Well, we’ll find out soon enough. However, I’m also interested in what the Democrats are going to say in response. Now, there are a lot of people who think whatever they say won’t matter much.
After all, the Dems were pounded into the ground in the last election. They lost a record twenty seats in the House, where the Republicans have a sixty-three to forty-seven seat edge.
And they are in a lot worse shape in the state senate, where they now hold only a dozen seats out of thirty-eight. That‘s the weakest position they’ve been in since 1954.
Nevertheless, what goes around does tend to come around. Nobody thinks Governor Snyder‘s honeymoon with the voters will last forever. Nor is it likely that all of his fellow Republicans in the legislature are always going to support what he wants to do.
These are also not normal times. Michigan has lost nearly a million jobs in the last decade, and has the highest unemployment rate of any major state in the nation. Additionally, it’s clear that our method of funding state government is broken.
Every year, the system automatically produces huge budget deficits that have to be closed, in large part because the state has more funding commitments than it is generating revenue to cover.
So Michigan face major economic challenges at many levels, troubles so serious that wiser heads in both parties recognize that they can no longer play the same old partisan games.
The voters clearly don’t want that. They want everybody working together to try to fix things and revive the Michigan economy.
That’s what any number of surveys have shown, as well as a series of Community Conversations conducted over the past few years by the non-profit, non-partisan Center for Michigan.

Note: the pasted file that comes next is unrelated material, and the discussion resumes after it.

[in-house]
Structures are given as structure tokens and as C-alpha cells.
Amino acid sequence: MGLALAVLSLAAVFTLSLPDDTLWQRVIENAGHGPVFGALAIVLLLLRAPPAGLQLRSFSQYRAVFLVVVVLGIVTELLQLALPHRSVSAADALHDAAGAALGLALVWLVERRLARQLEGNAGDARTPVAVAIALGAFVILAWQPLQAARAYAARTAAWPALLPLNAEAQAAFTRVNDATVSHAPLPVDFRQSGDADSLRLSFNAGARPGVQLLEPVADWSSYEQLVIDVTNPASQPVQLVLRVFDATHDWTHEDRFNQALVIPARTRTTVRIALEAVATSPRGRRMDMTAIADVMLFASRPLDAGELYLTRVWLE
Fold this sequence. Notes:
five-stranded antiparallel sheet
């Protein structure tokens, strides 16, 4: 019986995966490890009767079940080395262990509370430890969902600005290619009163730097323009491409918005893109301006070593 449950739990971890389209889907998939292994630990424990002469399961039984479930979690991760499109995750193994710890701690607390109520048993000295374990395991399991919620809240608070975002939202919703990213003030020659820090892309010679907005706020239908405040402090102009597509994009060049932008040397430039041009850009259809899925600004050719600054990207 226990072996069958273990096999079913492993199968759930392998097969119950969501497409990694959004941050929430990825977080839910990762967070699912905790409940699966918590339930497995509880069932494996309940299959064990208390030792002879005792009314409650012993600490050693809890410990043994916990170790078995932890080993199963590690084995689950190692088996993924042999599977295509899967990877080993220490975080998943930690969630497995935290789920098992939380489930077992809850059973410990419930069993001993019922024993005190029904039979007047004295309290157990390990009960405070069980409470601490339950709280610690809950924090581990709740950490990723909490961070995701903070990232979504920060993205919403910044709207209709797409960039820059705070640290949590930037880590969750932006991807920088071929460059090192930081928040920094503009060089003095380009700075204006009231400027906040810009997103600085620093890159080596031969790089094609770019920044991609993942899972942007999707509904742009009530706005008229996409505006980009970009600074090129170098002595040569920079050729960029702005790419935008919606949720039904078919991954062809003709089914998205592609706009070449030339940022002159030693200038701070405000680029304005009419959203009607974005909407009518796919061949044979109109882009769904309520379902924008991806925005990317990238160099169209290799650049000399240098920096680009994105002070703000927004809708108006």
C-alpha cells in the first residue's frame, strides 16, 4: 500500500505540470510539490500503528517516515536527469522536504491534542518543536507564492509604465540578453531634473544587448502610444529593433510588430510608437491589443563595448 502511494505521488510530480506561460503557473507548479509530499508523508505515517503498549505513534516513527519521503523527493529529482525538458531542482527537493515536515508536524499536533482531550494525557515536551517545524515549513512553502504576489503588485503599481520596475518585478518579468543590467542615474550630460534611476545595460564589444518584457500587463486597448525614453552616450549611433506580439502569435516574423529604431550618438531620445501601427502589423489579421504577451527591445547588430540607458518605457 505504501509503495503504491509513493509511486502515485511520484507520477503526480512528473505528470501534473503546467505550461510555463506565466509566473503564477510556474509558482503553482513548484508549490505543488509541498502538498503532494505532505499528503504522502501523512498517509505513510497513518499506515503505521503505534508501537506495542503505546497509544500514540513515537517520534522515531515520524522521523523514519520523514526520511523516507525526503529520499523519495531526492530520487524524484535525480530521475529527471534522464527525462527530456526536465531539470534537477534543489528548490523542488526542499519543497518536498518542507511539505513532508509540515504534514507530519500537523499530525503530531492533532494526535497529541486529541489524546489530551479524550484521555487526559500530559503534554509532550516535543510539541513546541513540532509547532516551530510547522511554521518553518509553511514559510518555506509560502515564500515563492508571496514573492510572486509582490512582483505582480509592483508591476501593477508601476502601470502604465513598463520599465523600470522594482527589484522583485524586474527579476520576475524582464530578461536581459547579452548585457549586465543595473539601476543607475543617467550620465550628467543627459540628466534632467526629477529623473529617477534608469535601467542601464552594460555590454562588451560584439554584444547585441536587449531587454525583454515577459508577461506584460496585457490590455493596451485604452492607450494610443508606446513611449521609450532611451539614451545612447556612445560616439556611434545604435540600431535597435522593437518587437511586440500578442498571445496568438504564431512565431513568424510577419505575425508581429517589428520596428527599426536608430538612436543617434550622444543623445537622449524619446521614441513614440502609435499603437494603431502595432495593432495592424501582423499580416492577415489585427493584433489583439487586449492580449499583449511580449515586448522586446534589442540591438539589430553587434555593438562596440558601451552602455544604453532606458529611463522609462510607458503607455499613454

Unfortunately, there are any number of career politicians on both sides who don’t get it. Within minutes after Governor Snyder delivered a fairly nonpartisan, inspiring inaugural address, longtime state party chair Mark Brewer was issuing a boilerplate press release denouncing the governor’s address; he did much the same when the governor filled a Supreme Court vacancy days later, in language that made the Democratic leader sound like just one more, out-of-touch political hack.
That’s not what the voters have indicated they want. This time, the Democratic response will come from Senate Minority Leader Gretchen Whitmer, who may well be the new face of the party.
Though still in her thirties, Whitmer is a seasoned politician who has been in the legislature for more than a decade. She is also a highly regarded attorney and a stunningly attractive person who once told me she sees her charisma as a two-edged sword.
One of her big fears, she once told me, was that people would see her as either another Sarah Palin or Jennifer Granholm.
She’s more than smart enough to know the times are changing, and her challenge will be to see if her tiny band of Democrats can manage to make a difference and be relevant in a positive way.
We may see if she starts them off in the right direction tonight.